New breed of “enabled workaholics” evolving

There’s nothing like announcing a new project in the works to guarantee that you won’t get a chance to work on it anymore. Li’l Johnny’s been stuck in the aquarium for more than four months now, page and still we have yet to present the sequel to this game. Truth is, this site for the past month, oncologist I haven’t even THOUGHT about finishing the new adventure.

My own whining aside, this brings me to the point of this post (something had to eventually):

Is it just me, or have tech workers, formerly the rock stars of the dot-com era, finally become slaves to the machine? It seems everybody I know these days is either unemployed (with nothing to do) or “overly employed,” working longer hours for bigger dollars. They’re “professionals” after all, and they either get paid very well for working constantly… or not at all for not working. The middle ground doesn’t seem to exist anymore, and rather than risk unemployment, many techies seem to be doubling up whether they want to or not.


Don’t get me wrong: Techies still get paid well, but the ones I know are also working their butts off these days — 6 a.m. to 8 p.m. has become the norm rather than the exception for many contractors. And it’s not because they WANT or NEED the money: they simply don’t have a choice. It’s a new class of “working rich” — too busy to stop and spend their winnings; right up until they’re fired for falling asleep on the job.

“It’s ridiculous,” a Research Triangle Park UNIX programmer told me today. “I’ve got more money in my account than I’ve ever had, but I haven’t had a vacation since the late 90s.”

This victim of his own success was standing beside me at an auto shop this afternoon after his car had been towed there with a blown motor. The reason? “I haven’t been away from the office during daylight hours in two months,” he said. “My car’s temperature gauge has been climbing for two weeks now, but who’s had time to take it in?”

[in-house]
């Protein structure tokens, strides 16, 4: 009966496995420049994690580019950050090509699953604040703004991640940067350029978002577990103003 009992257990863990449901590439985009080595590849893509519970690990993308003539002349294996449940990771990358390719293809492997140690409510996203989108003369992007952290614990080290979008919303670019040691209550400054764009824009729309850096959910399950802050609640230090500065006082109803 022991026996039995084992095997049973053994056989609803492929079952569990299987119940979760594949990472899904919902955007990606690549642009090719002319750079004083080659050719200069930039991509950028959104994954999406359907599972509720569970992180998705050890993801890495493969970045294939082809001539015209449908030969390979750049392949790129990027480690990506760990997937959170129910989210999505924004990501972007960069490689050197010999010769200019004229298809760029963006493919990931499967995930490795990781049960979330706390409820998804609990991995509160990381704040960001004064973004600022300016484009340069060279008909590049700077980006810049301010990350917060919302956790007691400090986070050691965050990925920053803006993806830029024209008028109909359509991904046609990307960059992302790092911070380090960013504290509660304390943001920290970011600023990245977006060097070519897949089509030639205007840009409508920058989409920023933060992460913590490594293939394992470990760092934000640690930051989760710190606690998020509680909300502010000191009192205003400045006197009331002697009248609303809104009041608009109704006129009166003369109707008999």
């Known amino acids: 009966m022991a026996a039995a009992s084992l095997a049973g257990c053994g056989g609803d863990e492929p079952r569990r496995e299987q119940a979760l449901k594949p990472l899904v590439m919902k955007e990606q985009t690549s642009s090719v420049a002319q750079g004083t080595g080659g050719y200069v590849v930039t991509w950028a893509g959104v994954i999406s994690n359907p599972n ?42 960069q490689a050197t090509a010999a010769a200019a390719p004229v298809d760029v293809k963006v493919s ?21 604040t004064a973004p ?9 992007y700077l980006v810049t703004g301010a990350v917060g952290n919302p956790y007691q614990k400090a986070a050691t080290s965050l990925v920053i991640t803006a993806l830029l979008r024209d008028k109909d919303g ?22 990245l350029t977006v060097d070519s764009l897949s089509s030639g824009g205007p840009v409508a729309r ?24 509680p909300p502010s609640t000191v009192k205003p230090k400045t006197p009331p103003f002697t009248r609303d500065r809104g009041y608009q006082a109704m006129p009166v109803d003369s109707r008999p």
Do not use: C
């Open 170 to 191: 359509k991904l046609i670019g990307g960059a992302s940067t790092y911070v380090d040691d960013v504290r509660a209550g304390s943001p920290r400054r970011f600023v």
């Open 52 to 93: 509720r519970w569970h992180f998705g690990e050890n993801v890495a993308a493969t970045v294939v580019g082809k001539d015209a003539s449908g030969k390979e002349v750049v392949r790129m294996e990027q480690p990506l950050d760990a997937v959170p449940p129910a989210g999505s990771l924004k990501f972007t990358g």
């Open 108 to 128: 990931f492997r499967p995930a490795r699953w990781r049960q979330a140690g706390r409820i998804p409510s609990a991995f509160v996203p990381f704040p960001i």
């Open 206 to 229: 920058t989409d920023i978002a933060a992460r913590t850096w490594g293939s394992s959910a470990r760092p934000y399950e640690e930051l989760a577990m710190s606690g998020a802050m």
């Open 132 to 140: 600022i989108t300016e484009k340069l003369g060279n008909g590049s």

After paying for a rental and picking up his keys, he was heading back to the office for a couple more hours of catch-up work.

This all-work-and-no-play lifestyle seems to be spreading. In fact, I’ve spoken with several techies who would gladly accept “regular” jobs — including a little vacation time and a good 40-hour week (perhaps giving their other 40 hours to one of the unemployed masses?)– but they simply can’t find them. Instead, they are offered nothing but (sometimes) absurdly high-paying jobs that demand 80-hour weeks and near-gargoyle like attendance. Most agree that their employers don’t actually expect them to work such long hours — they just expect two weeks worth of work to be done before Friday.

So what happened to all the “regular” jobs? And what are your secrets for avoiding burn out? Leave your comments here, and let us know!

If I were awake anough to remember why I’m writing this, I’d tell you mine…

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3 thoughts on “New breed of “enabled workaholics” evolving”

  1. I must agree that the job thing is really no good. Vacation time (or conferences, business trips) with a little R&R are a good thing. It’s even better if you get the company to pay for the R&R! I want a job where travel is part of it but not required. A job in say…IRAQ not of interest. However in Jamaica would be GREAT!

    S

  2. I think it is more than a job requirement. I think it is a personality trait. I think my problem has been that I am hooked. Not everything I do is billable. But I have a tendency to get involved in interesting proejcts and extend myself.

    But I am ok with that to an extent. What really counts is that you are having fun.

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